Written by Lou Donnelly-Davey
I used to write a lot about life as a new mum when I first had the kids. My first born was a super sensitive baby who was literally allergic to everything. Wheat, nuts, soy, dairy, eggs and was intolerant to almost everything else including the prescription formula. So, we had to make quite a few adjustments to life and how we parented. It was a pretty steep learning curve I must say, and life with an anaphylactic child was not easy. But we made it and he’s now a teen.
Along with his sister and brother, they are all now teens. But the times when they were toddlers and preschoolers still seems like yesterday and our parenting style certainly hasn't changed.
It’s important to decide on the parent you want to be from the outset and follow that path, making adjustments as you go, as you learn and grow as a family. But fundamentally, sticking to your mental list of values, sticking to that heartfelt knowledge that you know what's best for your child.
There are some staples we all adopt when it comes to our parenting styles. When we peer over the fence we might question whether we are too lenient or in fact too strict, but we all form a slate from which we draw over and over again.
For us, that slate included always making sure that the kids knew it was their body, their choice. From the time they were old enough to understand this concept they chose their own clothing for the day. Often wearing pink tutus over pants, with woollen hats and plenty of sparkles. They had agency to make their own choices on what they wore. How they expressed themselves. How they wanted to be viewed by the world. And while this small thing seems possibly insignificant, it was the start of ensuring they always knew, it was their body, their choice.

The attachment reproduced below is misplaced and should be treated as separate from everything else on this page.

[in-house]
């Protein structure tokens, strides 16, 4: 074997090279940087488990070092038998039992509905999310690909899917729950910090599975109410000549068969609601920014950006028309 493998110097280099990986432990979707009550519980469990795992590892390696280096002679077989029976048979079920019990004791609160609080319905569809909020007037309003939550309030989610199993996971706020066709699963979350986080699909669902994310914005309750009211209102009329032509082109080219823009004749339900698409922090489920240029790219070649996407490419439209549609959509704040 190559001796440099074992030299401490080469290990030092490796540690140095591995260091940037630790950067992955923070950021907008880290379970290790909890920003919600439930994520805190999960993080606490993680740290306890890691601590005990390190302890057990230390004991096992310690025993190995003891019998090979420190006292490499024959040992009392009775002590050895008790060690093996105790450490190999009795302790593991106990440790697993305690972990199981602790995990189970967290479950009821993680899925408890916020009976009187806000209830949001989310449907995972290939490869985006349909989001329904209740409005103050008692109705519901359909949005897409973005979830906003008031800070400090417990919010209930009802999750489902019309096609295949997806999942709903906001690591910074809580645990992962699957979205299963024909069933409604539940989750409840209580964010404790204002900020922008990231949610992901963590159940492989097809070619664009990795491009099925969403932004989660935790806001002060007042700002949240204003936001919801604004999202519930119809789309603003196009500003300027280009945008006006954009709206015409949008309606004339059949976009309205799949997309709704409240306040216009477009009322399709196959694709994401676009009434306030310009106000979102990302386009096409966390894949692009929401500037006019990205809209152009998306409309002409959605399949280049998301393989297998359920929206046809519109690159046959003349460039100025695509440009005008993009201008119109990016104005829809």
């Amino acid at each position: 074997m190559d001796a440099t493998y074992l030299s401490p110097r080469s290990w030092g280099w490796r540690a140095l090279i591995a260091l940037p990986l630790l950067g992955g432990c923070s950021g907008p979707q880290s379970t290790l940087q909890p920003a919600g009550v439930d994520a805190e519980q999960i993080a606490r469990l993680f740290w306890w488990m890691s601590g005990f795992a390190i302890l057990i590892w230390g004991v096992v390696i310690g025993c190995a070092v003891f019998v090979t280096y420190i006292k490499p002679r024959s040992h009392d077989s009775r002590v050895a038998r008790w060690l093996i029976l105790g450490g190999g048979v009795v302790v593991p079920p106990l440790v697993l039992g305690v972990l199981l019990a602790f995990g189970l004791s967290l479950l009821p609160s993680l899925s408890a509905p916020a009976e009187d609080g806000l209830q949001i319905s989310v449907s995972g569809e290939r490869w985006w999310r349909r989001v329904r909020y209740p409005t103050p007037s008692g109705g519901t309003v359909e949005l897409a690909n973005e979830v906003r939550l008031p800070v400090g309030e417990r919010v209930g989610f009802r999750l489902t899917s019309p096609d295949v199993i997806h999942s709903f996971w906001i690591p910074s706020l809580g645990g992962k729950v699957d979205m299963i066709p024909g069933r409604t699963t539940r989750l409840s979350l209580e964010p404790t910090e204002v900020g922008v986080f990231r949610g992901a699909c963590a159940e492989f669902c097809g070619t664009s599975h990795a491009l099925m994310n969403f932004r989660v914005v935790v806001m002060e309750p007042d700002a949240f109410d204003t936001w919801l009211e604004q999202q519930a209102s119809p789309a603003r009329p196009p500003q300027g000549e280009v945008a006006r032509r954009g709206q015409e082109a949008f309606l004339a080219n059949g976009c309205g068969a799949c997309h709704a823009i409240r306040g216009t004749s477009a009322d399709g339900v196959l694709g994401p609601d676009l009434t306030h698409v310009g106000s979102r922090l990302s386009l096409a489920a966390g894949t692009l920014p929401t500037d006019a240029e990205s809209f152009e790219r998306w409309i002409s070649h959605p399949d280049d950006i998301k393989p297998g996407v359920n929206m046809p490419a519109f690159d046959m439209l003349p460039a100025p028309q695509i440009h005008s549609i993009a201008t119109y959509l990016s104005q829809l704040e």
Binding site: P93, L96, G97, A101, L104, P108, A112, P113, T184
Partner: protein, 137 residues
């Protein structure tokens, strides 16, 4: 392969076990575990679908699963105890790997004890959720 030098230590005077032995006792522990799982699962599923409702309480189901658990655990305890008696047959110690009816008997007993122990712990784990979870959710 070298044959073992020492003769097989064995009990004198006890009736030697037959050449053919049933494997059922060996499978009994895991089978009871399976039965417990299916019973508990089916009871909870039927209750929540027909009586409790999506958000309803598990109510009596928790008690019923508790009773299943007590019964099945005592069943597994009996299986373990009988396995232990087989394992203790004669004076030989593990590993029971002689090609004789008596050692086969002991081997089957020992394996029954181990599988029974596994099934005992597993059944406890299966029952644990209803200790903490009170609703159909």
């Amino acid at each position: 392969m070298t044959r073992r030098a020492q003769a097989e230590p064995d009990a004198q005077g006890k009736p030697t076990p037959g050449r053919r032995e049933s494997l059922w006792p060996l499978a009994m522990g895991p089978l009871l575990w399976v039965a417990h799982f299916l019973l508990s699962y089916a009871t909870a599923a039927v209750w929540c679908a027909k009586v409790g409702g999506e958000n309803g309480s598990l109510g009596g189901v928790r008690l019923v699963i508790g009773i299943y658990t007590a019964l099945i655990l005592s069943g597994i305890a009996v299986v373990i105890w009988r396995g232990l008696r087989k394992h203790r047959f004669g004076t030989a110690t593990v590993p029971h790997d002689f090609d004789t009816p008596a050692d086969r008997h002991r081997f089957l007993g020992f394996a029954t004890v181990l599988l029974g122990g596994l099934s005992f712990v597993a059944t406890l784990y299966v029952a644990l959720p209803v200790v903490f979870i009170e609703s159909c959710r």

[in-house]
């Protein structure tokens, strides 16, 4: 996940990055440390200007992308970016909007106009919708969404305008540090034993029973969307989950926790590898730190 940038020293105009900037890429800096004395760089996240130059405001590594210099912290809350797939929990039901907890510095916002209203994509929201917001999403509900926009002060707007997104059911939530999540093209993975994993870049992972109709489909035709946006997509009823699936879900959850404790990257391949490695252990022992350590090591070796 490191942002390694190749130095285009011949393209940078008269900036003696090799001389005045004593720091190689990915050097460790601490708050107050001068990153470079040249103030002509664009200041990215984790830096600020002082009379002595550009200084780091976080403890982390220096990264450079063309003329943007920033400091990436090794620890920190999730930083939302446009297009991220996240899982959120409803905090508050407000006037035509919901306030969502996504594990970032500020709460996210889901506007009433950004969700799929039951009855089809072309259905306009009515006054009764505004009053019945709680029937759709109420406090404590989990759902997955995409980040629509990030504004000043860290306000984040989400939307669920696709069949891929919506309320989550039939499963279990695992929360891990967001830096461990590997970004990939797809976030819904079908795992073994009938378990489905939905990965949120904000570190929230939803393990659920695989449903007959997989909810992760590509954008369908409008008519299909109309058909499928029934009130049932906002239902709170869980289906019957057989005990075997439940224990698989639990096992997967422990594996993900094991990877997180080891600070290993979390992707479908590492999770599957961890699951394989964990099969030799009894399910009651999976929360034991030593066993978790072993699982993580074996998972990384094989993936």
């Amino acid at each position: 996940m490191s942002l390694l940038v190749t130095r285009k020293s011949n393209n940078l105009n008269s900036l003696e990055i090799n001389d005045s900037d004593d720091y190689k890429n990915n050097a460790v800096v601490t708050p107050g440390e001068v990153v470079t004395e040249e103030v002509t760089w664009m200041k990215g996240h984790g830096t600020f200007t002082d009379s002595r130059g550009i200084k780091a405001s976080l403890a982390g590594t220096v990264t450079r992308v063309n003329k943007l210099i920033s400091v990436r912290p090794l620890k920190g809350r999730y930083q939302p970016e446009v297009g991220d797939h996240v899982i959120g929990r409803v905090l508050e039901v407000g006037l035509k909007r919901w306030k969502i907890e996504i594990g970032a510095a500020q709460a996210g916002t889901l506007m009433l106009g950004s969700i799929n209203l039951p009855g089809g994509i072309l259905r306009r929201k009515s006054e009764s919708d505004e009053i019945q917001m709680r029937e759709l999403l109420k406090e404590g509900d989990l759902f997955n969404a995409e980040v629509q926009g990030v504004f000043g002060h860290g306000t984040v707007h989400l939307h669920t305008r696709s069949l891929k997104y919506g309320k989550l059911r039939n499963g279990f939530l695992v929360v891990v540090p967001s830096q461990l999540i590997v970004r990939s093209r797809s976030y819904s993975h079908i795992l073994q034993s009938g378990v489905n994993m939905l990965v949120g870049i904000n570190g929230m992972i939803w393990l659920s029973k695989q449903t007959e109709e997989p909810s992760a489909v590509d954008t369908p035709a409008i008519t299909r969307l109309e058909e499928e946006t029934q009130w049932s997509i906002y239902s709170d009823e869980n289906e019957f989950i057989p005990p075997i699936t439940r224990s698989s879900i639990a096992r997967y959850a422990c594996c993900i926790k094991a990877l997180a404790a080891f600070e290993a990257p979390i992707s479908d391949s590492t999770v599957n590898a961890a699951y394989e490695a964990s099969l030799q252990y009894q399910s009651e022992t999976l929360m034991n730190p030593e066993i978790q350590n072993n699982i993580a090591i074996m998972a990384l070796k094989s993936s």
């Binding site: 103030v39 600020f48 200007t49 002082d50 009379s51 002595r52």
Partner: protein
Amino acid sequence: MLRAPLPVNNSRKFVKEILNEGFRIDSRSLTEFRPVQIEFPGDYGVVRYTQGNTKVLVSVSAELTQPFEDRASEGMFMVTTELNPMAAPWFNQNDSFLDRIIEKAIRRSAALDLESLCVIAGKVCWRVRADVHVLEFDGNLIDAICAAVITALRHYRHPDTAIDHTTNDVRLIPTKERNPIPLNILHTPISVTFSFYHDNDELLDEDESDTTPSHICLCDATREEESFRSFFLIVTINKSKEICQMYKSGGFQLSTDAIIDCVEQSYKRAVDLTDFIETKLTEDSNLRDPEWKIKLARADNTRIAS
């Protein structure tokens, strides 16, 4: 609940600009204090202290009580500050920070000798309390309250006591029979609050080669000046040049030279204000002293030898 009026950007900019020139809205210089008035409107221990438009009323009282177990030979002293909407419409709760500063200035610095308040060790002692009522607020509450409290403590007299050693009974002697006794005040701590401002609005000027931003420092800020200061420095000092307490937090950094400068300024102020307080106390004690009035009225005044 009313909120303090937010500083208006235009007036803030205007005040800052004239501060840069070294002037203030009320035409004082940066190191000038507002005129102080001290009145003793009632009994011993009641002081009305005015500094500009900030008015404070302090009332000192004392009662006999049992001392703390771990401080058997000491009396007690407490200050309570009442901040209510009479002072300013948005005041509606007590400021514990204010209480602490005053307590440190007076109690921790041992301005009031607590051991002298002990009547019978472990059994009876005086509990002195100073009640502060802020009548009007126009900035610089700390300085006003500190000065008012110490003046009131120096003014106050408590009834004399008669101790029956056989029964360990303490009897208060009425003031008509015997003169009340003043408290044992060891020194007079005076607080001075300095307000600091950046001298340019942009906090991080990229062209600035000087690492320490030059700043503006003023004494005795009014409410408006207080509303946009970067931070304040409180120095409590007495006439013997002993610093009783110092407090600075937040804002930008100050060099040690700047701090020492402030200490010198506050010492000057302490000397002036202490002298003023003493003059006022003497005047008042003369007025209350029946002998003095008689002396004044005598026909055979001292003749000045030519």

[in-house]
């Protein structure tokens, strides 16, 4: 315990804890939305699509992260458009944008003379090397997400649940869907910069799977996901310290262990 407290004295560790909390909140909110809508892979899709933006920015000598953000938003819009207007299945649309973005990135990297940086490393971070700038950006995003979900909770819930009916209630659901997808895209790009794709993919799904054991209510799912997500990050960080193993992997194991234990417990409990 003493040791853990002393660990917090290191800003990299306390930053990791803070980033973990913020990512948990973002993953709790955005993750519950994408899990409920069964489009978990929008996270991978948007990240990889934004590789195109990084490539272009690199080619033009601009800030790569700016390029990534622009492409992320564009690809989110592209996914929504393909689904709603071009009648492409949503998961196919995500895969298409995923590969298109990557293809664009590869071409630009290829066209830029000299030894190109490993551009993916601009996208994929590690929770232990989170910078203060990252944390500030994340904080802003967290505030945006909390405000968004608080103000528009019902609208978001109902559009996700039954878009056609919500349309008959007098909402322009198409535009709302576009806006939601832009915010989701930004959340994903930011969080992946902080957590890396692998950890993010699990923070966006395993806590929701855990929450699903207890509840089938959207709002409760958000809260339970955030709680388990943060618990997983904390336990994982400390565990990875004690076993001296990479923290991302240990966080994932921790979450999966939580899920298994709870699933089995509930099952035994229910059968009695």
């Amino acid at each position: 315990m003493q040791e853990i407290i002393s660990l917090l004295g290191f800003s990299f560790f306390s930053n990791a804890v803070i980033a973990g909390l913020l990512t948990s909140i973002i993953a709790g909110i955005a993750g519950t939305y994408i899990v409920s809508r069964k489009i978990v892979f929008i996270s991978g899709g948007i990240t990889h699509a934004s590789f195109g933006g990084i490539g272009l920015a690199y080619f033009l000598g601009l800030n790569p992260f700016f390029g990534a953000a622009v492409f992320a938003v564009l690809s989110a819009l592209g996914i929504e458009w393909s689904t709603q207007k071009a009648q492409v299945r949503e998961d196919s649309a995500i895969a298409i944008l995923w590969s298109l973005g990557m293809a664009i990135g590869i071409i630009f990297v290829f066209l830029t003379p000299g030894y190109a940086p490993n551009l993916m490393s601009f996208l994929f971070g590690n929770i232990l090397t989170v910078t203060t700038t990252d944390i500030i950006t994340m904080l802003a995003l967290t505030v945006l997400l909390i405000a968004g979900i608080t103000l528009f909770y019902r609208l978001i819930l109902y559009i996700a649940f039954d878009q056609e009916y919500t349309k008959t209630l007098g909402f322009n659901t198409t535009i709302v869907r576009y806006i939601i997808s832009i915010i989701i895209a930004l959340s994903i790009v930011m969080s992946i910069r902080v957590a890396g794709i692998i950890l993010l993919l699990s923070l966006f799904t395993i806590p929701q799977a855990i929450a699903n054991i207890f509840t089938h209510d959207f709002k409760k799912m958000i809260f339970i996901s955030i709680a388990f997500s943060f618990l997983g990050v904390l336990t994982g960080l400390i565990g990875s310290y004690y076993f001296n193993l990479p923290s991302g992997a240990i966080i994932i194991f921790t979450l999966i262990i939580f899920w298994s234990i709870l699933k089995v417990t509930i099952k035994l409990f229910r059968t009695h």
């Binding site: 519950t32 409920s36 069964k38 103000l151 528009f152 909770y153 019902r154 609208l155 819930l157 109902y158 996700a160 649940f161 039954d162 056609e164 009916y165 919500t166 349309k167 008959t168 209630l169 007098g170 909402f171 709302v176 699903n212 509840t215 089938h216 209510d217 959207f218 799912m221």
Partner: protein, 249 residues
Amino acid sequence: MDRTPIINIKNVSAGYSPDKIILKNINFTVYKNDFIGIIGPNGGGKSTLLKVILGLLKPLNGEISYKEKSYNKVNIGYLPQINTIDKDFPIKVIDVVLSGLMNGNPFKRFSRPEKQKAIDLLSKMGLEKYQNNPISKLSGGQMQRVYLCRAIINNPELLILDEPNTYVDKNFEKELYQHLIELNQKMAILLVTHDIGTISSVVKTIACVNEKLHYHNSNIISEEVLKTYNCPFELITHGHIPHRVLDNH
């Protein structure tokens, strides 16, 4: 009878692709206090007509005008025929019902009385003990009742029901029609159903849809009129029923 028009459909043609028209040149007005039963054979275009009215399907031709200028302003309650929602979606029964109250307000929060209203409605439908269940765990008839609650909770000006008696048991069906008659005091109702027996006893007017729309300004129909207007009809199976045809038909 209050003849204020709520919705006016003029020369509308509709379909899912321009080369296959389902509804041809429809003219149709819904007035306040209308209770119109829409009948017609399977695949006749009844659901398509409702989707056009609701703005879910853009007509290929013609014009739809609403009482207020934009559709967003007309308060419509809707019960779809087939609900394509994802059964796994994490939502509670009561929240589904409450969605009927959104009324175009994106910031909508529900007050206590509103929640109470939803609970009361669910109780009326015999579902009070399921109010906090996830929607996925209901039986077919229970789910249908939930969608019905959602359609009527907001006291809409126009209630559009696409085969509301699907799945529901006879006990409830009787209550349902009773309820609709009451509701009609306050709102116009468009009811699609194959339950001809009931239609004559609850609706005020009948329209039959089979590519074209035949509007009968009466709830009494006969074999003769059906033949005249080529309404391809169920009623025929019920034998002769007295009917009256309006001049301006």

We’ve taught them about consent from as early as appropriate. We’ve taught them about agency too. And now as young adults, it’s no different. Talking with them about all the hard stuff in life has become so much easier. And making decisions about hair styles, piercings and tattoos has remained solely their own choice. Albeit with plenty of guidance. My daughter has a nose piercing and my eldest is planning his first tattoo, a Japanese design that’s just beautiful. It’s their body, their choice. They have agency.
You see, consistency is the key. Define what’s really important to you personally and as a family and stick with your plan. You get to choose!
Kids love consistency and knowing what to expect. If you steer your path as a family based on your own values and heart centred parenting, they will grow up embraced by a connection to something so strong and so valuable, it will stick to them for life.